A big world of films to explore

Terry Gilliam.

The way we access our entertainment is always changing;  it can be hard to keep up.

I certainly feel that way. I find it increasingly difficult to know what new  music is being released and what new films are out there.

Of course, like many people in the Tauranga area, I get terrible internet service. Yes, it’s sad to report that this is still a huge problem in the Bay. We have hills and are spread out. And we seem to be a low priority, just as we are for highway improvement.

It is a little baffling. Tiny towns of one dairy and a horse paddock now have ultra-fast broadband, yet I know people living within five minutes of State Highway 2 here who are still classed as “extreme rural”.

At The Watusi Country Club, we’ve come to accept that although there is an information superhighway tantalisingly close, we in the lower Kaimais are living on a small no-exit off-ramp with little by way of roadside amenities and frequent speed bumps.

It’s better than it was, but the speed limit makes streaming television content a constant challenge. Even watching YouTube can be a trial.

And I seem to have gone off on a tangent...

Hard to find

My point was that with the demise of any central hub – for instance a music shop or video store – it has become increasingly difficult to keep up with what’s out there. Sure, there are, for movies, a dozen or so streaming services. But that means new movies are split over several platforms. Even if you know a film exists, it can be hard to find.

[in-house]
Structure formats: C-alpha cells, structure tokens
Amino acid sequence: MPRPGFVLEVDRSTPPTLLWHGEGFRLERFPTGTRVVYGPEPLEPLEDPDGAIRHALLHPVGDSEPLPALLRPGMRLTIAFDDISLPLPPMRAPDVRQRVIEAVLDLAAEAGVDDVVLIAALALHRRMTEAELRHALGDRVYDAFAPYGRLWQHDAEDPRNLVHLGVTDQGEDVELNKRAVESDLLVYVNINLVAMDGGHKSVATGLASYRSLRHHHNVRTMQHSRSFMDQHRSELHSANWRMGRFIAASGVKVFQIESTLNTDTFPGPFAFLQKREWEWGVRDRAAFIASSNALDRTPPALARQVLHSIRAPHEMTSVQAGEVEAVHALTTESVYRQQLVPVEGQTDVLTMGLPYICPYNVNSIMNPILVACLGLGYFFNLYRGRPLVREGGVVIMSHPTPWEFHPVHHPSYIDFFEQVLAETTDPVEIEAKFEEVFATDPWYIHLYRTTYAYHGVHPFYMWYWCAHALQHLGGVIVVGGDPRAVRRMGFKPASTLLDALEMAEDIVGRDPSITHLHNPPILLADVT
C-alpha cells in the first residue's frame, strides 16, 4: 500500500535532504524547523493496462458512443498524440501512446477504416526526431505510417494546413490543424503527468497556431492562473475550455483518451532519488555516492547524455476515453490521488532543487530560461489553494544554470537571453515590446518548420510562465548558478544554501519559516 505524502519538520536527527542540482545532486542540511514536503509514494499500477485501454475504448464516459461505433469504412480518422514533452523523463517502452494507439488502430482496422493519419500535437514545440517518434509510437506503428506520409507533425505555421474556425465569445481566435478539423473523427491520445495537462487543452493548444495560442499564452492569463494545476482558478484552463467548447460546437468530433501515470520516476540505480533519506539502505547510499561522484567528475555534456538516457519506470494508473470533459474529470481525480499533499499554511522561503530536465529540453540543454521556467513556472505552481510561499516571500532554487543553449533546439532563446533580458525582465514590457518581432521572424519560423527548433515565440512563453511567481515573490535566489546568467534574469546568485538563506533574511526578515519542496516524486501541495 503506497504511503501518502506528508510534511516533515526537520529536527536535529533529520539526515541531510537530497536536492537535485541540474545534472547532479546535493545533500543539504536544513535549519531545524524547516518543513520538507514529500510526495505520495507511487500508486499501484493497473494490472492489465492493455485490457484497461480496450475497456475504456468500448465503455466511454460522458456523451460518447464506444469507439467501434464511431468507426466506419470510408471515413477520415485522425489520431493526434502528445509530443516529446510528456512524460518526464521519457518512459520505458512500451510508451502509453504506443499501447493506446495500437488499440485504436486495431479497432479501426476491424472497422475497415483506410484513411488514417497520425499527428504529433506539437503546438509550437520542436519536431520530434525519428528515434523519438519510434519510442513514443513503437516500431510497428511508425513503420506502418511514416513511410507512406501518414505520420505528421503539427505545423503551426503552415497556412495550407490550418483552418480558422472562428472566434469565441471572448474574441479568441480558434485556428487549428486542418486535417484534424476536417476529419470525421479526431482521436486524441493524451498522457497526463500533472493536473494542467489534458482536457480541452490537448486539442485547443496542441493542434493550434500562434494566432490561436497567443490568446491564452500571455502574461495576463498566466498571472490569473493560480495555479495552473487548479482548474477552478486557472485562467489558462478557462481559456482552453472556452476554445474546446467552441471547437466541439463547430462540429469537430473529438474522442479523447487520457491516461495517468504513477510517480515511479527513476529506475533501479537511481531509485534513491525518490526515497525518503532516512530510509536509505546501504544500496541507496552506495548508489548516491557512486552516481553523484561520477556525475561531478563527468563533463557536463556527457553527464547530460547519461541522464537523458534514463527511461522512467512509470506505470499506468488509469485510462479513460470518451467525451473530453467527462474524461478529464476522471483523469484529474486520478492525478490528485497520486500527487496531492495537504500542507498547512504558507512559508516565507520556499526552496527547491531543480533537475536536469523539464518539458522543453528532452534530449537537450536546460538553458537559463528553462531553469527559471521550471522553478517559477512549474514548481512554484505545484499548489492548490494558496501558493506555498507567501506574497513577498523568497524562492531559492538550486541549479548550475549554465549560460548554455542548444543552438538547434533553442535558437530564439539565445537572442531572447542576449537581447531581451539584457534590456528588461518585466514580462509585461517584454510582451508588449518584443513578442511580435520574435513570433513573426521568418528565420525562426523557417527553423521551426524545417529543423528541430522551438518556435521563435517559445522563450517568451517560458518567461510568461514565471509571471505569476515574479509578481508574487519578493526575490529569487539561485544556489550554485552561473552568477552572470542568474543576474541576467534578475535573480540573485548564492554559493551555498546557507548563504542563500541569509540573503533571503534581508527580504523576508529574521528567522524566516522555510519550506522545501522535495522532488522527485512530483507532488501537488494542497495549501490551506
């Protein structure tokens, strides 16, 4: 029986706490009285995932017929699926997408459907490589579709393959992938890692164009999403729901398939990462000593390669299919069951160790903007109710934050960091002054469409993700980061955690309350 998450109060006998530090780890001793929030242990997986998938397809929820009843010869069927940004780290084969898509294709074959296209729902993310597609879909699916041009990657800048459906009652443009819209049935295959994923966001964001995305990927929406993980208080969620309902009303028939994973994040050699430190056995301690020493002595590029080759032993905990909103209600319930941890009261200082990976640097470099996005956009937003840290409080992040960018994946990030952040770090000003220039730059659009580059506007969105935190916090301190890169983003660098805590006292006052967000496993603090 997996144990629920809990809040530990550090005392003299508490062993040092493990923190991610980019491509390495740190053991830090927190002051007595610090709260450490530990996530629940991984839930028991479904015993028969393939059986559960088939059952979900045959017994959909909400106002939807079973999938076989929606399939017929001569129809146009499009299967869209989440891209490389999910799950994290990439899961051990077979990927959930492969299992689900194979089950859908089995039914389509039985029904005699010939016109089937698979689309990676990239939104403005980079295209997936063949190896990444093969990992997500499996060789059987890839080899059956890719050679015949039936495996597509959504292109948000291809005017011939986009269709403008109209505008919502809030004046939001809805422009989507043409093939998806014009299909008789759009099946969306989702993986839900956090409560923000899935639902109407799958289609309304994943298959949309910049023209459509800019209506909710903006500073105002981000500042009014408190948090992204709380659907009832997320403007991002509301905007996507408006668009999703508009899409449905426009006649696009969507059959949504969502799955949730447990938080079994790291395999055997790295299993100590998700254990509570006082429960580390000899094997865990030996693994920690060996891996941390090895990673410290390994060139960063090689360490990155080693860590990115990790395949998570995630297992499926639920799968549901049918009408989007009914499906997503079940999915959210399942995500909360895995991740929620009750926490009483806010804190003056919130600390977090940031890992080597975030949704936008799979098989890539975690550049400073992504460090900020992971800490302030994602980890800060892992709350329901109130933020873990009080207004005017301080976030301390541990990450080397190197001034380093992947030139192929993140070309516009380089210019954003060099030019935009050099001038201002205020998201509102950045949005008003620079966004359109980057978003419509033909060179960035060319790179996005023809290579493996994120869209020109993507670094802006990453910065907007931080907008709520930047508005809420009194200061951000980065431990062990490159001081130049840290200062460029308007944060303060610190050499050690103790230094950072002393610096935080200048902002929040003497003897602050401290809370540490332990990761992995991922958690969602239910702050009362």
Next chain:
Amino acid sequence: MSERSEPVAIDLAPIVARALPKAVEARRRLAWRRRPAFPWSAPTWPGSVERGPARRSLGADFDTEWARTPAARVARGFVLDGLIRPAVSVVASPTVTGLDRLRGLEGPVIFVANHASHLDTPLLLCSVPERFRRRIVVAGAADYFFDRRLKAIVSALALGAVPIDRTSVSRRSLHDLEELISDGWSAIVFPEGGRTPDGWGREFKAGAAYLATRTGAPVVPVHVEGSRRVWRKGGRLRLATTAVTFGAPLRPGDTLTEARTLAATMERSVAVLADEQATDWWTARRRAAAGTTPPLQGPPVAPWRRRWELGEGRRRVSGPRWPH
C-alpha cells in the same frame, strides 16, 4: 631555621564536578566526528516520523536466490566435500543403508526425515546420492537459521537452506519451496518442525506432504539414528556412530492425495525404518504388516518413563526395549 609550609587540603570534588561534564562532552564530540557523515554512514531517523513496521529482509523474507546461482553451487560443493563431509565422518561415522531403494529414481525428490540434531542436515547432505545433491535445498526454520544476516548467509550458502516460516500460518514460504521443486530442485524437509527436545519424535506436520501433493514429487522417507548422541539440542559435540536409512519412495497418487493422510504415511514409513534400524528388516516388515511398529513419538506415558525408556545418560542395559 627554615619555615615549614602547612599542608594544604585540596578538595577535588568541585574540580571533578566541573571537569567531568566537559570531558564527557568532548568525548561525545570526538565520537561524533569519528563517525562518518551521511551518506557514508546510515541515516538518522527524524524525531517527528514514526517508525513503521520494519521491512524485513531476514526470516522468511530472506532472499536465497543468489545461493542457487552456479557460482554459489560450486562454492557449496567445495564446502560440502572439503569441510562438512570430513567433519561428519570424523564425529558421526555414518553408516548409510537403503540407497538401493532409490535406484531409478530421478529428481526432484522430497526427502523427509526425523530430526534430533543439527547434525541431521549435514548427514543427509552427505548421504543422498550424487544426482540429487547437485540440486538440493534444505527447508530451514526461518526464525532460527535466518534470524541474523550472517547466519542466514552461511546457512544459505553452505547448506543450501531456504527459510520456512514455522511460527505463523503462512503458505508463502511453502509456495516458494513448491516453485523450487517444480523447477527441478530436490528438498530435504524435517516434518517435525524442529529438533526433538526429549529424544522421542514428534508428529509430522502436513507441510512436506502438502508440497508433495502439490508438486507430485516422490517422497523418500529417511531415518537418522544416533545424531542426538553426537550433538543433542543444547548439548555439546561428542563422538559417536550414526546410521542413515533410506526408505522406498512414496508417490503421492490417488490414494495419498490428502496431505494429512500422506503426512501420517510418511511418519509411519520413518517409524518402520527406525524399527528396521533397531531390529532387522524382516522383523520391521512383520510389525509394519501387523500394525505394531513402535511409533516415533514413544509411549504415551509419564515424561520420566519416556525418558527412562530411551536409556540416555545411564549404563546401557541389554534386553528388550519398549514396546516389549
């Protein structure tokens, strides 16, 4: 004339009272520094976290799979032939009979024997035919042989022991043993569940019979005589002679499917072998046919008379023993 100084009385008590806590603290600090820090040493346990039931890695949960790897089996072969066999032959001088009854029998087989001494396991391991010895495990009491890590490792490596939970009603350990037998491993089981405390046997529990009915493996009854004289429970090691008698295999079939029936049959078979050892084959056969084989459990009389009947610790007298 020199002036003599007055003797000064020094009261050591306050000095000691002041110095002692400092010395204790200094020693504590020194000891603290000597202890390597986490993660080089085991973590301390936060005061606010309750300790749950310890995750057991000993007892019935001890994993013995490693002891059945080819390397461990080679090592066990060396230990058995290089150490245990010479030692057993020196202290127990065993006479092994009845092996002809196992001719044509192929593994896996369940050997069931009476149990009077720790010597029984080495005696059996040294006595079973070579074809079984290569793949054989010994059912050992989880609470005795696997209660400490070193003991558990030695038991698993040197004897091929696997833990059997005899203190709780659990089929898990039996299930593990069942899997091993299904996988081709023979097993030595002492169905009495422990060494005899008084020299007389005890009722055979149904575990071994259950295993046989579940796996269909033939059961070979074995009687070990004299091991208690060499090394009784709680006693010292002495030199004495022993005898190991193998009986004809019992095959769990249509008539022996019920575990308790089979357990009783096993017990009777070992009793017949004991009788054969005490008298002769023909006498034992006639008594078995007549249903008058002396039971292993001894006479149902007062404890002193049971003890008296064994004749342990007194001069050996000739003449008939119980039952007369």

This is particularly true of what you might call “art movies”. By this I mean foreign films - things without superheroes or wizards and probably with subtitles - though there’re also a lot of good obscure indie films from America that 90 per cent of people never hear about. I don’t know the solution...

However, a good start is to check out the Tauranga Film Society.

The Film Society offers several valuable things. Firstly, you get to see films on the big screen (yes, as much as we love Netflix, this is how films are meant to be seen), and you get to hang out and talk about them afterwards.

As Film Society President Michael O’Brien says: “We like to think of our film screenings as being social events, as well as cultural ones.” With that in mind, some members always go out for a meal later and mull over what they’ve seen.


They’re keen to add new members, and the Rialto cinema is a convenient, comfortable and very supportive home base. Members also get discounted ticket prices for the International Film Festival, and with the “new film season” starting at the end of this month, it’s a good time to join.

How it works is this: the society shows films every second Wednesday at 6pm. It costs $90 to join and watch the season’s 17 films. If you join in the middle of a season, your membership lasts into the next one for a full 17 films. If you’re uncertain, there’s a “3 for 30” sampler - any three films for $30.

Best of all, the society shows a superb range of films - things that you might be unable to see anywhere else. It’s not just some random selection, these are films that are admired and have been curated especially.

There are foreign films, such as Zama (which featured on many critics’ Top 10 lists for 2018), Lady Macbeth from England, Swedish comedy A Man Called Ove, documentaries including Faces Places and The Paris Opera, and dives into the past with early Aki Kaurismaki (Ariel) and Terry Gilliam (Brazil). Add in black and white classics – such as 1936 screwball comedy My Man Godfrey and the indefinably brilliant 1959 film Hiroshima Mon Amour from French director Alan Resnais – and you have a programme loaded with goodies.

You can just rock up and join before any film,  with the first one being Brazil on March 27, and  of course details are online. Find out more at:  www.nzfilmsociety.org.nz/tauranga.html


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